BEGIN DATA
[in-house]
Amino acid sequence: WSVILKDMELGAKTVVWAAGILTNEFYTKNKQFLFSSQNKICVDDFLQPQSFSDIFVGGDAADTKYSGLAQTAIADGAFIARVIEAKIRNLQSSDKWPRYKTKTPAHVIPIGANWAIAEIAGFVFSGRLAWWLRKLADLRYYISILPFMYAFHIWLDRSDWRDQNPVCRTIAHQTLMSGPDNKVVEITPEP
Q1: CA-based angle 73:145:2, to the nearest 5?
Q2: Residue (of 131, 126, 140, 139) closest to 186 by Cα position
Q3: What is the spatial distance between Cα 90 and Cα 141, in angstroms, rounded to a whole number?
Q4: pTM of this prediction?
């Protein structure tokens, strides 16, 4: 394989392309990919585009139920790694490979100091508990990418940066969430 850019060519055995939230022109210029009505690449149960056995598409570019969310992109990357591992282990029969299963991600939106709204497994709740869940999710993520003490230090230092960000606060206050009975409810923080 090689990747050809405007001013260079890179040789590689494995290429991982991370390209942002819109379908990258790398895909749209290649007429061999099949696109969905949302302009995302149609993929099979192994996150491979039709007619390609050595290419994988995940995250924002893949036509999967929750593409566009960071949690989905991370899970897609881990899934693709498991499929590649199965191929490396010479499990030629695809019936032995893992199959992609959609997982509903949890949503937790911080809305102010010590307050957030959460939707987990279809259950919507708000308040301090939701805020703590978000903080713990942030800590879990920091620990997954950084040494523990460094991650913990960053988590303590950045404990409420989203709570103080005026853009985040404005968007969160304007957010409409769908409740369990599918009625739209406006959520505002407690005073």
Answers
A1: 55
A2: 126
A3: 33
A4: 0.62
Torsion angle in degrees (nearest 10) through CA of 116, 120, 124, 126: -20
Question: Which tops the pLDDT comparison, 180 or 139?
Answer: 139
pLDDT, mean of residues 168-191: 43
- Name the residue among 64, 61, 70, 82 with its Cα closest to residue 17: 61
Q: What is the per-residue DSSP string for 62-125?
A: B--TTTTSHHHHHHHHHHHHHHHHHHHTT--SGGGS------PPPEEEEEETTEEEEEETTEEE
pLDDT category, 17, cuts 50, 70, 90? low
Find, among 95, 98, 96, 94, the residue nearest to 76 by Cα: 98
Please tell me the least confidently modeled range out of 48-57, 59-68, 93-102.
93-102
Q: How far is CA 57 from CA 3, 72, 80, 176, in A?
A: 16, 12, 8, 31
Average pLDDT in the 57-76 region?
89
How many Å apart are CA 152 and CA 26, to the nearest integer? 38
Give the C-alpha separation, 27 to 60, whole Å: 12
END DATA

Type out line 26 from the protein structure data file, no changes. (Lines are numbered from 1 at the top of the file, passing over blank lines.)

Average pLDDT in the 57-76 region?